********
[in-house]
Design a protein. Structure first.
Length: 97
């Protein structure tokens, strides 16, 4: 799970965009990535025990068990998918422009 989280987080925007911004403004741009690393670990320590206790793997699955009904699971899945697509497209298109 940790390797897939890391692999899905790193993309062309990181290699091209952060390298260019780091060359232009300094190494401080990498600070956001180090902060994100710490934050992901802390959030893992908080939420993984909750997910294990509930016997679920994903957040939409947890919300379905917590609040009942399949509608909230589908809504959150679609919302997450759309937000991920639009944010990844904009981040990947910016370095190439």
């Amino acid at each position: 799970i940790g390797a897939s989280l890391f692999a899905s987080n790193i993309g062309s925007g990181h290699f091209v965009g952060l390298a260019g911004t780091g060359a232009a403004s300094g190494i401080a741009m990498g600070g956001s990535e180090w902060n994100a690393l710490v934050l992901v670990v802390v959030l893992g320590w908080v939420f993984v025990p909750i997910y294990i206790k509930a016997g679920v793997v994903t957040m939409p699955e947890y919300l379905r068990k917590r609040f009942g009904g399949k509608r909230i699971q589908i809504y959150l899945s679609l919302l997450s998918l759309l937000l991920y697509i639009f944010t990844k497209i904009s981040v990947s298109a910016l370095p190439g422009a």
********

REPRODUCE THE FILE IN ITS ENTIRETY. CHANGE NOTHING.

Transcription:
[in-house]
Design a protein. Structure first.
Length: 97
């Protein structure tokens, strides 16, 4: 799970965009990535025990068990998918422009 989280987080925007911004403004741009690393670990320590206790793997699955009904699971899945697509497209298109 940790390797897939890391692999899905790193993309062309990181290699091209952060390298260019780091060359232009300094190494401080990498600070956001180090902060994100710490934050992901802390959030893992908080939420993984909750997910294990509930016997679920994903957040939409947890919300379905917590609040009942399949509608909230589908809504959150679609919302997450759309937000991920639009944010990844904009981040990947910016370095190439």
């Amino acid at each position: 799970i940790g390797a897939s989280l890391f692999a899905s987080n790193i993309g062309s925007g990181h290699f091209v965009g952060l390298a260019g911004t780091g060359a232009a403004s300094g190494i401080a741009m990498g600070g956001s990535e180090w902060n994100a690393l710490v934050l992901v670990v802390v959030l893992g320590w908080v939420f993984v025990p909750i997910y294990i206790k509930a016997g679920v793997v994903t957040m939409p699955e947890y919300l379905r068990k917590r609040f009942g009904g399949k509608r909230i699971q589908i809504y959150l899945s679609l919302l997450s998918l759309l937000l991920y697509i639009f944010t990844k497209i904009s981040v990947s298109a910016l370095p190439g422009a």